Archer tries to be, “delighted in [May’s] radiant good looks, in her health, her horsemanship, her grace” and “straightforward, loyal, and brave”, as ways that separate her from Old New York society, but she ultimately is – under her “frankness” and straightforwardness – an “artificial product…cunningly manufactured by the conspiracy of mother and aunts.” May ultimately is a homogenous, marketable, product of frankness and innocence, manufactured by the proud conspiracy of aunts and mothers. Therefore the final images of May show how Archers attempts to separate his love for May from the intangible and fake truth of Old New York society; the essence of May was created by the systems of “hieroglyphics”.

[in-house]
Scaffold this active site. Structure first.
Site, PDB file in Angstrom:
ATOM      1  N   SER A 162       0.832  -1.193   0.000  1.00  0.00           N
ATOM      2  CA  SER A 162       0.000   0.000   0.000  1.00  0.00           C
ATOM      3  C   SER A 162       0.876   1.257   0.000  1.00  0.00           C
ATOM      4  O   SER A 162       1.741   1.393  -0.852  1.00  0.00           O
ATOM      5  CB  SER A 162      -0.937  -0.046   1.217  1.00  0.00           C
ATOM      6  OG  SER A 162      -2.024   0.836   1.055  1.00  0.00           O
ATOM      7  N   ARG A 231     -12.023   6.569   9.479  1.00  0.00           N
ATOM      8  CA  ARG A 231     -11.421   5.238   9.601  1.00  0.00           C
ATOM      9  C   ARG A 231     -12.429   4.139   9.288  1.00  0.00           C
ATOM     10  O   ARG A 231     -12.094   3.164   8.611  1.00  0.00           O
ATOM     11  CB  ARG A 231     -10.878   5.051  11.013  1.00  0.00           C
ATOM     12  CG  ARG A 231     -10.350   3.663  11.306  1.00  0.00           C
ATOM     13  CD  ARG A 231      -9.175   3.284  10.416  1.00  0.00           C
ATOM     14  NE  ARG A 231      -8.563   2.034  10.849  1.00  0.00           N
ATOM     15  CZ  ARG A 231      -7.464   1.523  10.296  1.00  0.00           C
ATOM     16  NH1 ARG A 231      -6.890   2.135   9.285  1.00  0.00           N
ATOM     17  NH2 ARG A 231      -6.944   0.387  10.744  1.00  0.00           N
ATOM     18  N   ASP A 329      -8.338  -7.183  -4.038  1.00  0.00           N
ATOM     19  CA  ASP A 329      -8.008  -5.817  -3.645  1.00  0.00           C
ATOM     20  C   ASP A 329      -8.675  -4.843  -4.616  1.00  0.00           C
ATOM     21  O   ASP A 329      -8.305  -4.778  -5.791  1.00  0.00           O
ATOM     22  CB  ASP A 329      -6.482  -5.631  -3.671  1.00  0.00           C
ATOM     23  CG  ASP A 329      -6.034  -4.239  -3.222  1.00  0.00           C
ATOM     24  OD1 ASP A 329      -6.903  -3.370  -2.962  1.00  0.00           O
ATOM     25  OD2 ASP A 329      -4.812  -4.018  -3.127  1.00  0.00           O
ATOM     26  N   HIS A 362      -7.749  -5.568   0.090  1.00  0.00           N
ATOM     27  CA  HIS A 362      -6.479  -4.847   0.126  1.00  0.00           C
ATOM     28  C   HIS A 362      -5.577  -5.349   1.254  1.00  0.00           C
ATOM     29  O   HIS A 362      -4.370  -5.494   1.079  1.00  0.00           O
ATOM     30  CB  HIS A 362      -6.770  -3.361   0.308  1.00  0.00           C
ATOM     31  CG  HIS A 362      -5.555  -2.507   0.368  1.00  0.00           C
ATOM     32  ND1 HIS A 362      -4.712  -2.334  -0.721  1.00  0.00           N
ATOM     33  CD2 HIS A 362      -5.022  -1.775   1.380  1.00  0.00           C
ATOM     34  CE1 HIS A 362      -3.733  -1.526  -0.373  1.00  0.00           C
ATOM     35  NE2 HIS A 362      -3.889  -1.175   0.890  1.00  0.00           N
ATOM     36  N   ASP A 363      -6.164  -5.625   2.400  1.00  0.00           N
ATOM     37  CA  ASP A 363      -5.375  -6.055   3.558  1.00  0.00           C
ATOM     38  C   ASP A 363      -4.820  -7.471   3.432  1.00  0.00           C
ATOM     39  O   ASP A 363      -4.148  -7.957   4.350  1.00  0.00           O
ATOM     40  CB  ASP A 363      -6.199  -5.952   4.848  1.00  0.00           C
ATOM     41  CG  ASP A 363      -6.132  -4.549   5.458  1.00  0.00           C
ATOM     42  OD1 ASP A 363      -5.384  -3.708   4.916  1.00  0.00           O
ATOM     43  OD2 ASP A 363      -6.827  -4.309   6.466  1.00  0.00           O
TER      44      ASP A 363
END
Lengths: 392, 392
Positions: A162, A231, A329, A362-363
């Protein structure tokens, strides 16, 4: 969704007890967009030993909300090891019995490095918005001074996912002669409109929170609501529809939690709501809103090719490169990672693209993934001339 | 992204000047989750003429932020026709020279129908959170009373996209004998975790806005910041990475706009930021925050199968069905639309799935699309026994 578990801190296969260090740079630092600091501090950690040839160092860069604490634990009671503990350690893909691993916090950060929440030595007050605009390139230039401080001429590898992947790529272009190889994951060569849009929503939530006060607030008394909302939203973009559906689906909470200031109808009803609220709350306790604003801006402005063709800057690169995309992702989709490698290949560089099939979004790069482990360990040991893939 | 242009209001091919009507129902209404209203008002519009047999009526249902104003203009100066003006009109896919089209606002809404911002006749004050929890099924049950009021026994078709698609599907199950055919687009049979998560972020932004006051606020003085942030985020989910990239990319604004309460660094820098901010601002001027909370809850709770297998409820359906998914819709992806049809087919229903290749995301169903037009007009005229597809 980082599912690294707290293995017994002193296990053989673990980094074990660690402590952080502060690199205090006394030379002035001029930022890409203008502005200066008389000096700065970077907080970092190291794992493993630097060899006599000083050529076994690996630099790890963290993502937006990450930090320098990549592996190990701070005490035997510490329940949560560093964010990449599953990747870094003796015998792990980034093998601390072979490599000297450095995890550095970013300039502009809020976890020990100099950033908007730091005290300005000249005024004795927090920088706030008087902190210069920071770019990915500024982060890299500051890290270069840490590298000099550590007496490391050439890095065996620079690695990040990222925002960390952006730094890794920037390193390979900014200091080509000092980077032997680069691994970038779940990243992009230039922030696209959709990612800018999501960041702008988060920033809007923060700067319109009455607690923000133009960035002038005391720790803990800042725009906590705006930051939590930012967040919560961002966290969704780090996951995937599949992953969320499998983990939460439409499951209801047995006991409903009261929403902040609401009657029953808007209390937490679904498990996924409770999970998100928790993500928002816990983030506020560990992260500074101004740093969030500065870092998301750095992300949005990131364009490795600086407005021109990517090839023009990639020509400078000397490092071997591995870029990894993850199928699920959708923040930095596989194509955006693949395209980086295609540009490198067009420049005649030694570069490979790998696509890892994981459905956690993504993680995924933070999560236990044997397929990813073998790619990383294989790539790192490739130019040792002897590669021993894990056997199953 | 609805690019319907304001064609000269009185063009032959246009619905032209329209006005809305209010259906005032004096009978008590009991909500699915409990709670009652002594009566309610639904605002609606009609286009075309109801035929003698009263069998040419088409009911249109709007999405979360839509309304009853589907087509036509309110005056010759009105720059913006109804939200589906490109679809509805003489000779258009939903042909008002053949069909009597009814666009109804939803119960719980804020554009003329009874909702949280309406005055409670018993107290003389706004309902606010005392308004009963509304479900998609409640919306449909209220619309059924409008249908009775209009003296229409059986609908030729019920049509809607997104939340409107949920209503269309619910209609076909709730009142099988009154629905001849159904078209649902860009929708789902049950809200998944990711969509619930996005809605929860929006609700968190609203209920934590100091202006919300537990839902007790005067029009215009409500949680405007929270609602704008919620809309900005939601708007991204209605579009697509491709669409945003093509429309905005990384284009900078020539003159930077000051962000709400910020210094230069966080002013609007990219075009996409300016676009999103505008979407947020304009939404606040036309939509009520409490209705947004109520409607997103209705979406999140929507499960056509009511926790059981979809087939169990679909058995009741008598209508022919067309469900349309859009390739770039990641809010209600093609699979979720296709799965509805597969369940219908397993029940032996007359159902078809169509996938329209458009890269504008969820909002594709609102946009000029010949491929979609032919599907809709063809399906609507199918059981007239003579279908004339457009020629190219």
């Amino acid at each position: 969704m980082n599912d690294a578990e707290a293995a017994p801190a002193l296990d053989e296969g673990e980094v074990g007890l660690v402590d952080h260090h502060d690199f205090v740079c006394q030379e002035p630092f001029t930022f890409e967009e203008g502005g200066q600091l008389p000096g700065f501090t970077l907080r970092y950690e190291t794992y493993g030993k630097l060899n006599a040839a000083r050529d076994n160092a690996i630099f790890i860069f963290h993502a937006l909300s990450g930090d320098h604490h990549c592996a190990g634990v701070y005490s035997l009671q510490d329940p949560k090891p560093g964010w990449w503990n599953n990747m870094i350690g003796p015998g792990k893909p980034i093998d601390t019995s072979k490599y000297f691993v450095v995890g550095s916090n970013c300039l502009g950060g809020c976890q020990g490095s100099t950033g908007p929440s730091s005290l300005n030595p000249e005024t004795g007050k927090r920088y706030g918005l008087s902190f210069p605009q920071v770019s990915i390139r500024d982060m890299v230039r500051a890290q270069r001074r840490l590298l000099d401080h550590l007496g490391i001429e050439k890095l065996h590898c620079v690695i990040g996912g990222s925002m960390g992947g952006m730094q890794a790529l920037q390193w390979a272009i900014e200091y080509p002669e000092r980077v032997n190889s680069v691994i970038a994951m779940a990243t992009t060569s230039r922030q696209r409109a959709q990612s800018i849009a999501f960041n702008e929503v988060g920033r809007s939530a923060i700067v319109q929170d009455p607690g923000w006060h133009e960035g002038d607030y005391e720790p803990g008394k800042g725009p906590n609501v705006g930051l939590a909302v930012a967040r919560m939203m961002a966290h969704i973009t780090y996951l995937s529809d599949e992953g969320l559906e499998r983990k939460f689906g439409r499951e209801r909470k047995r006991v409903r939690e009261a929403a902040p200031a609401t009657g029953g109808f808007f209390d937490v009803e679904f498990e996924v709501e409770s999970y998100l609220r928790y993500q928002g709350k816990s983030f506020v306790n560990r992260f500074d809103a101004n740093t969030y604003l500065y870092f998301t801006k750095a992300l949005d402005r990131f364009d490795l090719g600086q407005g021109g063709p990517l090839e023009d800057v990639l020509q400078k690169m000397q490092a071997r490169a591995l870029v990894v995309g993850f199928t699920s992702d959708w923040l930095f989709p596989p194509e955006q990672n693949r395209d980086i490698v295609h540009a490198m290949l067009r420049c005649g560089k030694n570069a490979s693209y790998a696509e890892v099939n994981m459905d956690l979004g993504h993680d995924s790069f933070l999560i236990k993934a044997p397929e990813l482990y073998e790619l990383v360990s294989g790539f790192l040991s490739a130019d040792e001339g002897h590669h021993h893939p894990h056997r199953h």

Throughout the passage Newland Archer attempts to breakaway his love for May from the tribal rituals of Old New York society, but he ultimately realizes that she was always part of it. The passage from Edith Wharton The Age of Innocence uses aggressive diction, tribal imagery, the allusion of other works, and an Image of May to show Newland attempts to mentally separate May from Old New York society, but however in the conclusion of the passage he finds out that May belongs to the system.

We can write a custom essay

According to Your Specific Requirements

Order an essay

You May Also Find These Documents Helpful

Realism and Feminism literature